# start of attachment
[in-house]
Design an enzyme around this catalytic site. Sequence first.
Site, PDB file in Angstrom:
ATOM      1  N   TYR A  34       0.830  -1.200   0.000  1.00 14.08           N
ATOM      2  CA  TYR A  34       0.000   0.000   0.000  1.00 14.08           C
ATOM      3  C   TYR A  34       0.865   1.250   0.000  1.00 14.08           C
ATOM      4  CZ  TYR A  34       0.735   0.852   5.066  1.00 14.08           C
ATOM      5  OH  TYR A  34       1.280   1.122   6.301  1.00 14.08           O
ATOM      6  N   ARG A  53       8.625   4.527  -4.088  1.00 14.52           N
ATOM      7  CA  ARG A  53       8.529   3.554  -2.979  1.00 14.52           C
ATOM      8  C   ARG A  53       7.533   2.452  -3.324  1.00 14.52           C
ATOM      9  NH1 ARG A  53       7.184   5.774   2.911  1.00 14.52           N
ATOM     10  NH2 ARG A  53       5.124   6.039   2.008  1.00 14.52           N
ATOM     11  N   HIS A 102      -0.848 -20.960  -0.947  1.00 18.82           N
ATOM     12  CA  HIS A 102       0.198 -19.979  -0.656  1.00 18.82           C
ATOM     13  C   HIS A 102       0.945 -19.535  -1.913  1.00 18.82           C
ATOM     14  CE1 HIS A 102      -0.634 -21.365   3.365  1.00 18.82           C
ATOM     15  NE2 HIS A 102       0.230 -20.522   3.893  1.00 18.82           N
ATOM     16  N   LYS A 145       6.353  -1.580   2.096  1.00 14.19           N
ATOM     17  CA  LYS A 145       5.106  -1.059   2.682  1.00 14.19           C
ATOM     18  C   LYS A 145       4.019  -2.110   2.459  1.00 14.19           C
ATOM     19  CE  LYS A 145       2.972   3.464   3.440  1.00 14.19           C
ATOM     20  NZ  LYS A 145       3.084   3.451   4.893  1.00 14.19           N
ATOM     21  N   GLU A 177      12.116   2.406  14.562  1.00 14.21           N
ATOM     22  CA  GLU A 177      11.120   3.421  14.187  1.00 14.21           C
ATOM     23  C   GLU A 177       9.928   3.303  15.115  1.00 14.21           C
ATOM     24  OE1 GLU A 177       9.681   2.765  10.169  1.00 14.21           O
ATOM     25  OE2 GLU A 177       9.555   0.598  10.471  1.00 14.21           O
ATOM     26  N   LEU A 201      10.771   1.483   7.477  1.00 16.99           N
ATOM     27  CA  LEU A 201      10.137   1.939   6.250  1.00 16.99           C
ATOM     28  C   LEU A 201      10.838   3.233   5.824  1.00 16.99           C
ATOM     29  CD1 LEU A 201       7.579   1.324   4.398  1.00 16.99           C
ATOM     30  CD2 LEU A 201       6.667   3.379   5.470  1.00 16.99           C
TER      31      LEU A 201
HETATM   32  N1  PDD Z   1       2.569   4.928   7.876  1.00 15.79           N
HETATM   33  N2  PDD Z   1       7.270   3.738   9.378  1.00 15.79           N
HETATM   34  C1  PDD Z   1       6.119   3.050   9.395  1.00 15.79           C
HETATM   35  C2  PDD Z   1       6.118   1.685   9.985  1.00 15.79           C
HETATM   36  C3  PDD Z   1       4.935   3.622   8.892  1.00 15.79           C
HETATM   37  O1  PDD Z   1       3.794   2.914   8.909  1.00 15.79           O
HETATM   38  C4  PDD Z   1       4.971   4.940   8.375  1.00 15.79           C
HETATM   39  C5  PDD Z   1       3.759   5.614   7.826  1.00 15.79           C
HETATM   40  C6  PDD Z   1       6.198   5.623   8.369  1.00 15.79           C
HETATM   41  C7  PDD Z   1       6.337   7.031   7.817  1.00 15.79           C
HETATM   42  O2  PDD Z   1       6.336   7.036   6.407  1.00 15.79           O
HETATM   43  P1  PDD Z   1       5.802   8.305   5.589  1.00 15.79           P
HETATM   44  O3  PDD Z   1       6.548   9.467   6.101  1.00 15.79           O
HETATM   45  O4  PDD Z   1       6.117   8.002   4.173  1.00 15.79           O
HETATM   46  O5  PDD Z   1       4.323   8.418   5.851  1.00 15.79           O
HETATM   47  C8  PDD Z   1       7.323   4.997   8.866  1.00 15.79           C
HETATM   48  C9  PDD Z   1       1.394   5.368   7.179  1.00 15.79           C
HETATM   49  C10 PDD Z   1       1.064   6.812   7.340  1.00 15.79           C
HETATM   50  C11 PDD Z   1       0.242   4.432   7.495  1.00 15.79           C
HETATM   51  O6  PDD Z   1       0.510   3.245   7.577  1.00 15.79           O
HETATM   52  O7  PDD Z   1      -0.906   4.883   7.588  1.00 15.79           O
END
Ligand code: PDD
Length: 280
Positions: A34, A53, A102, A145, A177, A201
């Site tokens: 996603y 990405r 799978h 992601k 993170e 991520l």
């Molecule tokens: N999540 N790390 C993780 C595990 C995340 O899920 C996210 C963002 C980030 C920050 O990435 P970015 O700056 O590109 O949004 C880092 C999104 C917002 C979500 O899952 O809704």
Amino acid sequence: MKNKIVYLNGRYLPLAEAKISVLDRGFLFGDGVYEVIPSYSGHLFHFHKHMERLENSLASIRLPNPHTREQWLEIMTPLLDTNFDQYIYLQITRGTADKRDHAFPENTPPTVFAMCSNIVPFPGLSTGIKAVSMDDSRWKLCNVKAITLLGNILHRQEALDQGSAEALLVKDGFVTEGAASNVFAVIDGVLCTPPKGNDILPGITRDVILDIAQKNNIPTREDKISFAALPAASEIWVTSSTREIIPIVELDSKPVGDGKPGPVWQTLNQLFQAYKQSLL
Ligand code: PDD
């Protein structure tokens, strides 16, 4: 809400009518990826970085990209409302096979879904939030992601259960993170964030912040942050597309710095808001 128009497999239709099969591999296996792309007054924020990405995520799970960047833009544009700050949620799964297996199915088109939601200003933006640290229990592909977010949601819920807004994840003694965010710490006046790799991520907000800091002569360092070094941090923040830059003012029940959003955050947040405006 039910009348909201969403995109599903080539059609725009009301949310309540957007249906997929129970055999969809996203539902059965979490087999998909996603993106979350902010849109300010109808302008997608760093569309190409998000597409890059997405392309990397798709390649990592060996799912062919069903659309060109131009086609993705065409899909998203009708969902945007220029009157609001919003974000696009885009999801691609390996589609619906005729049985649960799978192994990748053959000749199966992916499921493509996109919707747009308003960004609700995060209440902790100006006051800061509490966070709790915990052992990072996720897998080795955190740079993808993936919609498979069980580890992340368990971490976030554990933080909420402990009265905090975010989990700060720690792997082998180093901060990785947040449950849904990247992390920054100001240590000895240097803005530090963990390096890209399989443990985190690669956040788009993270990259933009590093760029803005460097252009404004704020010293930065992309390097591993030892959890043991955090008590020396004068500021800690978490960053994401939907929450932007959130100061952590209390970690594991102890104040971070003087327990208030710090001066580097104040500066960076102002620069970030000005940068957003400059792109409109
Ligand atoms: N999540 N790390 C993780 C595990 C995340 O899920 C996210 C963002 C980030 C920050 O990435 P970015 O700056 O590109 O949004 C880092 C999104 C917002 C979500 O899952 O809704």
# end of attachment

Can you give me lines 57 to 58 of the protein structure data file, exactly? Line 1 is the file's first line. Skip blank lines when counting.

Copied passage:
Ligand code: PDD
Length: 280